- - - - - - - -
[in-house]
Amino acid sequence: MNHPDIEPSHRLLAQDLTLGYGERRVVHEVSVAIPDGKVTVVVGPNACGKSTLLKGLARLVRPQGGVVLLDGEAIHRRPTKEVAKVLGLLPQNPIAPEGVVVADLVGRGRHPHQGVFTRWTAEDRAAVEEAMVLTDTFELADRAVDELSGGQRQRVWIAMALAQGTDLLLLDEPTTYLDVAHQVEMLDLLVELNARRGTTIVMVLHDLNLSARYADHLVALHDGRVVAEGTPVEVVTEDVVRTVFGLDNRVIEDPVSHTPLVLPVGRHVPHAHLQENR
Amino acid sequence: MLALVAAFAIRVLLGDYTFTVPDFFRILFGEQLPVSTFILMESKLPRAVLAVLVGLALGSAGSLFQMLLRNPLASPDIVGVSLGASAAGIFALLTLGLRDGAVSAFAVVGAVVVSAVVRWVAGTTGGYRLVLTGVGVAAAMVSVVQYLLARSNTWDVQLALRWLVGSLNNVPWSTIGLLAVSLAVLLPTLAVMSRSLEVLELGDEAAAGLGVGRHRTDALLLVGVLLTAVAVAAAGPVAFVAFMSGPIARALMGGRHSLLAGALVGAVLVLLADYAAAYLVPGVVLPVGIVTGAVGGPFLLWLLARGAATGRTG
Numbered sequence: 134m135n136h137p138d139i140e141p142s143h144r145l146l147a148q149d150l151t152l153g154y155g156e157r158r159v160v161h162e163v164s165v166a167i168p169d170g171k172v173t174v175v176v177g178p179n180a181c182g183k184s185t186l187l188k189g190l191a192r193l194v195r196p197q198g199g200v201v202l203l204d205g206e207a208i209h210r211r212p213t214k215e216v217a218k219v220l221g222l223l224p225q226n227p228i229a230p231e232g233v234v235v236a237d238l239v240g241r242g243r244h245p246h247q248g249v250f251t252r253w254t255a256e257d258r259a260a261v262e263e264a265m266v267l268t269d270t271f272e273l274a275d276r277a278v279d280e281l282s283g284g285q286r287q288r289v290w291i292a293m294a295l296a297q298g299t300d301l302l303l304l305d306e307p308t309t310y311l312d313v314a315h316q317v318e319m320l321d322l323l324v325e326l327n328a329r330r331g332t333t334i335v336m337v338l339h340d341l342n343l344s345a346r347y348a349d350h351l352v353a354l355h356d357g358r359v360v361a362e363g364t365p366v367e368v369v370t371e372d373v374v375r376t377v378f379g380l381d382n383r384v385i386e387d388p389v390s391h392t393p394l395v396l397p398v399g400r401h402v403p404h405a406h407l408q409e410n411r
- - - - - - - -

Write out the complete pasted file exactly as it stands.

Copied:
[in-house]
Amino acid sequence: MNHPDIEPSHRLLAQDLTLGYGERRVVHEVSVAIPDGKVTVVVGPNACGKSTLLKGLARLVRPQGGVVLLDGEAIHRRPTKEVAKVLGLLPQNPIAPEGVVVADLVGRGRHPHQGVFTRWTAEDRAAVEEAMVLTDTFELADRAVDELSGGQRQRVWIAMALAQGTDLLLLDEPTTYLDVAHQVEMLDLLVELNARRGTTIVMVLHDLNLSARYADHLVALHDGRVVAEGTPVEVVTEDVVRTVFGLDNRVIEDPVSHTPLVLPVGRHVPHAHLQENR
Amino acid sequence: MLALVAAFAIRVLLGDYTFTVPDFFRILFGEQLPVSTFILMESKLPRAVLAVLVGLALGSAGSLFQMLLRNPLASPDIVGVSLGASAAGIFALLTLGLRDGAVSAFAVVGAVVVSAVVRWVAGTTGGYRLVLTGVGVAAAMVSVVQYLLARSNTWDVQLALRWLVGSLNNVPWSTIGLLAVSLAVLLPTLAVMSRSLEVLELGDEAAAGLGVGRHRTDALLLVGVLLTAVAVAAAGPVAFVAFMSGPIARALMGGRHSLLAGALVGAVLVLLADYAAAYLVPGVVLPVGIVTGAVGGPFLLWLLARGAATGRTG
Numbered sequence: 134m135n136h137p138d139i140e141p142s143h144r145l146l147a148q149d150l151t152l153g154y155g156e157r158r159v160v161h162e163v164s165v166a167i168p169d170g171k172v173t174v175v176v177g178p179n180a181c182g183k184s185t186l187l188k189g190l191a192r193l194v195r196p197q198g199g200v201v202l203l204d205g206e207a208i209h210r211r212p213t214k215e216v217a218k219v220l221g222l223l224p225q226n227p228i229a230p231e232g233v234v235v236a237d238l239v240g241r242g243r244h245p246h247q248g249v250f251t252r253w254t255a256e257d258r259a260a261v262e263e264a265m266v267l268t269d270t271f272e273l274a275d276r277a278v279d280e281l282s283g284g285q286r287q288r289v290w291i292a293m294a295l296a297q298g299t300d301l302l303l304l305d306e307p308t309t310y311l312d313v314a315h316q317v318e319m320l321d322l323l324v325e326l327n328a329r330r331g332t333t334i335v336m337v338l339h340d341l342n343l344s345a346r347y348a349d350h351l352v353a354l355h356d357g358r359v360v361a362e363g364t365p366v367e368v369v370t371e372d373v374v375r376t377v378f379g380l381d382n383r384v385i386e387d388p389v390s391h392t393p394l395v396l397p398v399g400r401h402v403p404h405a406h407l408q409e410n411r